at Ravinia Festival

August 20 and 21

Seldom have concerts at Ravinia or at Grant Park been as poorly attended as they have been in recent weeks; it has simply been too hot for people to sit and listen comfortably to a concert. Last weekend’s cooling spell brought not only heat relief, but musical relief as well, when the Israel Philharmonic Orchestra made its way into the Ravinia pavilion for two concerts under guest conductor Kurt Masur.

The Israel Philharmonic was a very popular attraction during its debut appearance at Ravinia two years ago, a stop on its 50th anniversary tour with music director Zubin Mehta, but unfortunately the playing of the ensemble didn’t live up to the event itself. Given the extraordinary quality of the Philharmonic’s performances last weekend under Masur, it is now obvious that the problems two years ago emanated from Mehta, not the Philharmonic.

Here in Chicago we have an orchestra that is so good it is literally better than most of the conductors that stand before it. Here we are used to seeing conductors struggle to match the quality of our orchestra, to take full advantage of its enormous range of power, timbre, and expression.

The Israel Philharmonic is a wonderful orchestra, improving all the time, but it has hardly reached its full potential. If this is not yet a world-class orchestra, under the tutelage of a conductor like Masur it could become one very soon. It was fascinating to watch the intense concentration and discipline of the musicians doing their best to rise to the occasion of having Masur, one of only a handful of the world’s truly great conductors, lead them so carefully. If Masur’s vision and the Philharmonic’s execution didn’t always mesh perfectly, it certainly was not due to lack of effort on the part of the Israelis, only to their lack of experience with solid musical direction.

Saturday evening’s concert began at the unusual time of 8:45 PM, 15 minutes later than usual, to accommodate the full setting of the sun on the Jewish Sabbath. It was one of those picture-perfect nights that restores one’s faith in the unique charm of outdoor concerts.

The concert opened with Mendelssohn’s Fingal’s Cave Overture, which was delightfully played and given a refreshingly light touch by Masur, who never let the sound or the work’s effects overpower. Orchestral balance, always a Masur characteristic, was brought out with precision, as were the work’s themes; Masur brought them out of the orchestral color in sharp relief, but always with subtlety and taste. If the performance lacked some of the brilliance we are used to hearing with the CSO, its character more than compensated.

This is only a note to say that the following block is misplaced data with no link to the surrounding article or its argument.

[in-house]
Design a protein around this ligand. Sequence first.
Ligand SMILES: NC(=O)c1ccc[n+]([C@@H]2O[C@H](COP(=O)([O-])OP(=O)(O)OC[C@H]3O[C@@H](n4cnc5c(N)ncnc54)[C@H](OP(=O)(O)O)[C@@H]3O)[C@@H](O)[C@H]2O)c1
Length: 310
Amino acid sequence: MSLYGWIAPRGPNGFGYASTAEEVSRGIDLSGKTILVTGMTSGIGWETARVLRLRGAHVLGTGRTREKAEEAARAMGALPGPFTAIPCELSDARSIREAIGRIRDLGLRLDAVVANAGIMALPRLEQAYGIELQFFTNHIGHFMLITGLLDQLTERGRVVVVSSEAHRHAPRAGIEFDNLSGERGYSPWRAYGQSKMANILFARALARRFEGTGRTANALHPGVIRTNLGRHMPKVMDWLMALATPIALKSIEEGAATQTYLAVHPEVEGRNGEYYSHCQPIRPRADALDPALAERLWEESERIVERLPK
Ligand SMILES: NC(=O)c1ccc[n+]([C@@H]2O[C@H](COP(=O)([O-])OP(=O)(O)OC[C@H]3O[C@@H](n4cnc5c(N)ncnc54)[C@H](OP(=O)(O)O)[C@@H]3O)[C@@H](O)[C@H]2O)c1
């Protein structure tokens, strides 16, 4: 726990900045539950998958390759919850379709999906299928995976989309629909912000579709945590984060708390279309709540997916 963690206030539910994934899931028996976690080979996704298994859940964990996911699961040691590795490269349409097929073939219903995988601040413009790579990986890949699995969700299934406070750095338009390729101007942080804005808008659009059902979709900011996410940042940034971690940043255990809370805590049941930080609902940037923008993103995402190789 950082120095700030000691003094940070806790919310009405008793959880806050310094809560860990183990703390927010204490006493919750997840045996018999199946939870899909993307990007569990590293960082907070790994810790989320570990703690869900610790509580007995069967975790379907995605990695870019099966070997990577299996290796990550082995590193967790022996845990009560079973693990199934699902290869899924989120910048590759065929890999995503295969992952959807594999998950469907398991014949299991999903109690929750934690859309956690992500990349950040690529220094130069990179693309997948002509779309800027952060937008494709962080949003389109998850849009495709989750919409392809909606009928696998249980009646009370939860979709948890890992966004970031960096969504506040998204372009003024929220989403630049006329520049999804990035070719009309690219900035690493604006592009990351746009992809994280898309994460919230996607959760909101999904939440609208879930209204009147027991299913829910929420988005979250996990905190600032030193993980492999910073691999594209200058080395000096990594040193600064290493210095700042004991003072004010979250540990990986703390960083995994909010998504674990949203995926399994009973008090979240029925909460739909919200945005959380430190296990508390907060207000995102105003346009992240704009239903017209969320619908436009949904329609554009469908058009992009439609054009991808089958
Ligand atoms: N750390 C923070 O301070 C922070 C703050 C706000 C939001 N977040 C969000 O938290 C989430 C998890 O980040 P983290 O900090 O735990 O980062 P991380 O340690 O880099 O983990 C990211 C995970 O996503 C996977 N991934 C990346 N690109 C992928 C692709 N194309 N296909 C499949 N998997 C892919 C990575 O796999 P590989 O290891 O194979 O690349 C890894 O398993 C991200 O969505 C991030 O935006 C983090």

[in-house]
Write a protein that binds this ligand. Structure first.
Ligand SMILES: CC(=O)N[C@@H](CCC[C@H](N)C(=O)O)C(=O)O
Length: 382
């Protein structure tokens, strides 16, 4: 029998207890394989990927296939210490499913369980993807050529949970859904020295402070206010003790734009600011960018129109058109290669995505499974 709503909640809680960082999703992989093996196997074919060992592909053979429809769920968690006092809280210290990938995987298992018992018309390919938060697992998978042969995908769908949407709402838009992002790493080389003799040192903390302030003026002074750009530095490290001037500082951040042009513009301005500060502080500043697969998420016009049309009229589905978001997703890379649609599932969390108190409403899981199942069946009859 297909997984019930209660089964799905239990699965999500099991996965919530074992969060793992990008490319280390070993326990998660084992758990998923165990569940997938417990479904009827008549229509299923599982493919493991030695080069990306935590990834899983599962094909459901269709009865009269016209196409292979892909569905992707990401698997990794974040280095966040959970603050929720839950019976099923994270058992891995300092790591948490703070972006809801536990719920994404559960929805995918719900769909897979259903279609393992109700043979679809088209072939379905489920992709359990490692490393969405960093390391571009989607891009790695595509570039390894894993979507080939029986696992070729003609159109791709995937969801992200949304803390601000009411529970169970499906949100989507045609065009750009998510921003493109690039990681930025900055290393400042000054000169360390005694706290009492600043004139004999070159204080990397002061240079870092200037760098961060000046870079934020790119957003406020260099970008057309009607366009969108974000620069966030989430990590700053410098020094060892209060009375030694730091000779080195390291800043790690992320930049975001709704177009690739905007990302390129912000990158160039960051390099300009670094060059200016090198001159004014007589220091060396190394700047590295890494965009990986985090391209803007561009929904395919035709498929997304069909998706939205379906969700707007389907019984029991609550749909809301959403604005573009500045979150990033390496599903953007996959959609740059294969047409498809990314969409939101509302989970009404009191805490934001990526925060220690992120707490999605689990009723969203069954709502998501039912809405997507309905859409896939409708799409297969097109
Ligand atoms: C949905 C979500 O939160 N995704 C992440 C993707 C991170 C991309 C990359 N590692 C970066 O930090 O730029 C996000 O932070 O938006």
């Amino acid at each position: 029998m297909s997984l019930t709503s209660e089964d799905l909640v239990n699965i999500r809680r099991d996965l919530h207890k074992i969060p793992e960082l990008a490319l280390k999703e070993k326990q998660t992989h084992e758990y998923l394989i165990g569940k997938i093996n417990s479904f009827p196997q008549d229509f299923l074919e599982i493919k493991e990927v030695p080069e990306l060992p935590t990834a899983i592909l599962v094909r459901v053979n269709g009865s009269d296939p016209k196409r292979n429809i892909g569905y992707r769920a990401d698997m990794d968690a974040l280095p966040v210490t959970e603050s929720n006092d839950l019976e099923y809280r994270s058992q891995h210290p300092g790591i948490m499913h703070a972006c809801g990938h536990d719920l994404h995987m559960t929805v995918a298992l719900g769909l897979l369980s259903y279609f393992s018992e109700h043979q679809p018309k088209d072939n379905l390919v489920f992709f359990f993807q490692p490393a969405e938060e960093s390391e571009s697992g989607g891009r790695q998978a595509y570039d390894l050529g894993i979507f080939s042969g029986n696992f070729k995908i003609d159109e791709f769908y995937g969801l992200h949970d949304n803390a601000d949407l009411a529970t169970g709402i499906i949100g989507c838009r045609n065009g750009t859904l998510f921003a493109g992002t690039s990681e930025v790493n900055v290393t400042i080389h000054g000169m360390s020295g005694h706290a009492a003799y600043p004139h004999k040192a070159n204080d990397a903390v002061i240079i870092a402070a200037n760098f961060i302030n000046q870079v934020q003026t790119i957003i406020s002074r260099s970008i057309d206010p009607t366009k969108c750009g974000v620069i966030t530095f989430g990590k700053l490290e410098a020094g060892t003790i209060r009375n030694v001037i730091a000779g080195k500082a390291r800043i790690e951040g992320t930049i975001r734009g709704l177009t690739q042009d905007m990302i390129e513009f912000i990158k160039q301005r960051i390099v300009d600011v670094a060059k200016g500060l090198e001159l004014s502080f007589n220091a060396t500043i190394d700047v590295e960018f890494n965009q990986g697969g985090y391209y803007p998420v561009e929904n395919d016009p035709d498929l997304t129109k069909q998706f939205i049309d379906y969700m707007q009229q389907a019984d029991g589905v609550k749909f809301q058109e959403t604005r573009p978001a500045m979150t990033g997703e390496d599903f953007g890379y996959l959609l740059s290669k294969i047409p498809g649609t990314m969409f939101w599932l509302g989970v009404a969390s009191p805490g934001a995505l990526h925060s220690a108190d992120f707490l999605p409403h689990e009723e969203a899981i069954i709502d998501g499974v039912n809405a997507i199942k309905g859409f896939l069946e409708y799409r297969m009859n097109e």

Anyone who has ever heard Masur conduct Haydn knows to expect a large 19th-century-style sound, and his performance of the Haydn Symphony no. 104 in D Major (London) was no exception. The forces were large and the tempos were slow, but as is always so amazing with Masur, his control held it all together and made his approach seem appropriate. When romantic conductors such as Georg Solti or Erich Leinsdorf perform Haydn, they too get a large sound and take the works slowly, but ensemble playing and orchestral balance usually fall by the wayside. Not so with Masur–even the woodwinds were highly audible and only rarely drowned out by overvibratoed strings.

With Masur, Haydn’s influence on Beethoven becomes readily apparent in the often overlooked (especially in most period-instrument interpretations) tension-and-release aspect of this music. The playful syncopation of the work was skillfully played up, and the performance had a wonderful driving energy to it. If Haydn has to be heard in a 19th-century performance style, this is the way to hear it–the overall architecture of the work was never as clear.

Many of us who were fortunate enough to hear Masur conduct the Chicago Symphony in all four of the Brahms symphonies at Ravinia a few seasons ago will never forget the experience–it bordered on the mystical. If the Israel Philharmonic was not as precise as the CSO in its performance of Brahms’s First Symphony, it was every bit as expressive and responsive. This was a very poetic reading of the work, emphasizing warmth and balance. Although it didn’t dazzle, the Philharmonic admirably brought off the work’s most subtle effects, never losing sight of its structure.